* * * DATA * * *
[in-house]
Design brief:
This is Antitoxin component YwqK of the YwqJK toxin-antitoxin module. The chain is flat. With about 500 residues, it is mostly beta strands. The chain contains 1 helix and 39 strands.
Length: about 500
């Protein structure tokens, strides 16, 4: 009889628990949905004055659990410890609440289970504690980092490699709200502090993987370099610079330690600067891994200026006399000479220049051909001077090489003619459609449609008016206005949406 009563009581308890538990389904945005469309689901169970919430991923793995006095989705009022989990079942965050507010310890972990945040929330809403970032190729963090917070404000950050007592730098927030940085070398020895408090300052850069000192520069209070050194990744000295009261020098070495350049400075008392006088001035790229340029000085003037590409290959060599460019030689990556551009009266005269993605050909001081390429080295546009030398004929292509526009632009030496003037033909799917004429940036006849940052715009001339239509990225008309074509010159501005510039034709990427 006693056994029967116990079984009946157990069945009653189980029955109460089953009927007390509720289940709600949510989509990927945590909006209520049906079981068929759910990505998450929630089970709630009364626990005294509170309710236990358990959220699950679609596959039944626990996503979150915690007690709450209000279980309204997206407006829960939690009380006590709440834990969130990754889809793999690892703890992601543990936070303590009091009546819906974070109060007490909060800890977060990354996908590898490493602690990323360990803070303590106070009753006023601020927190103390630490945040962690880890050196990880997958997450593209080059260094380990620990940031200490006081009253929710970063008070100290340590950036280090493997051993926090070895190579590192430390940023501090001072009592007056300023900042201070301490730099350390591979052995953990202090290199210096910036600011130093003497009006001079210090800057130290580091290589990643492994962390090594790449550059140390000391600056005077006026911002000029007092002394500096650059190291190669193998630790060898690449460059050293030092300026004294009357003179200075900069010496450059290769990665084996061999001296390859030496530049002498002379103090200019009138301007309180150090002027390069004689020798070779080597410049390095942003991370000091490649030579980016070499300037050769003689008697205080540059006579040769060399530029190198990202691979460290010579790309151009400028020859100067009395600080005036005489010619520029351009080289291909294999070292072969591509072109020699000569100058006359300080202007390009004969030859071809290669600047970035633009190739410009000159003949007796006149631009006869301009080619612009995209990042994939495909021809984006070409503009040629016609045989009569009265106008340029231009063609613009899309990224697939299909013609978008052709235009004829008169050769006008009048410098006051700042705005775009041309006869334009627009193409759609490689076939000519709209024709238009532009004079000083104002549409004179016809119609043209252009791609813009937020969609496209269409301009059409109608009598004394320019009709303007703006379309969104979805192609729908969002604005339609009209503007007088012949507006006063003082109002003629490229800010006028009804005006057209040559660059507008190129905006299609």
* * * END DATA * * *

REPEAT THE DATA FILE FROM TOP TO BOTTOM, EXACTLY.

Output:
[in-house]
Design brief:
This is Antitoxin component YwqK of the YwqJK toxin-antitoxin module. The chain is flat. With about 500 residues, it is mostly beta strands. The chain contains 1 helix and 39 strands.
Length: about 500
């Protein structure tokens, strides 16, 4: 009889628990949905004055659990410890609440289970504690980092490699709200502090993987370099610079330690600067891994200026006399000479220049051909001077090489003619459609449609008016206005949406 009563009581308890538990389904945005469309689901169970919430991923793995006095989705009022989990079942965050507010310890972990945040929330809403970032190729963090917070404000950050007592730098927030940085070398020895408090300052850069000192520069209070050194990744000295009261020098070495350049400075008392006088001035790229340029000085003037590409290959060599460019030689990556551009009266005269993605050909001081390429080295546009030398004929292509526009632009030496003037033909799917004429940036006849940052715009001339239509990225008309074509010159501005510039034709990427 006693056994029967116990079984009946157990069945009653189980029955109460089953009927007390509720289940709600949510989509990927945590909006209520049906079981068929759910990505998450929630089970709630009364626990005294509170309710236990358990959220699950679609596959039944626990996503979150915690007690709450209000279980309204997206407006829960939690009380006590709440834990969130990754889809793999690892703890992601543990936070303590009091009546819906974070109060007490909060800890977060990354996908590898490493602690990323360990803070303590106070009753006023601020927190103390630490945040962690880890050196990880997958997450593209080059260094380990620990940031200490006081009253929710970063008070100290340590950036280090493997051993926090070895190579590192430390940023501090001072009592007056300023900042201070301490730099350390591979052995953990202090290199210096910036600011130093003497009006001079210090800057130290580091290589990643492994962390090594790449550059140390000391600056005077006026911002000029007092002394500096650059190291190669193998630790060898690449460059050293030092300026004294009357003179200075900069010496450059290769990665084996061999001296390859030496530049002498002379103090200019009138301007309180150090002027390069004689020798070779080597410049390095942003991370000091490649030579980016070499300037050769003689008697205080540059006579040769060399530029190198990202691979460290010579790309151009400028020859100067009395600080005036005489010619520029351009080289291909294999070292072969591509072109020699000569100058006359300080202007390009004969030859071809290669600047970035633009190739410009000159003949007796006149631009006869301009080619612009995209990042994939495909021809984006070409503009040629016609045989009569009265106008340029231009063609613009899309990224697939299909013609978008052709235009004829008169050769006008009048410098006051700042705005775009041309006869334009627009193409759609490689076939000519709209024709238009532009004079000083104002549409004179016809119609043209252009791609813009937020969609496209269409301009059409109608009598004394320019009709303007703006379309969104979805192609729908969002604005339609009209503007007088012949507006006063003082109002003629490229800010006028009804005006057209040559660059507008190129905006299609």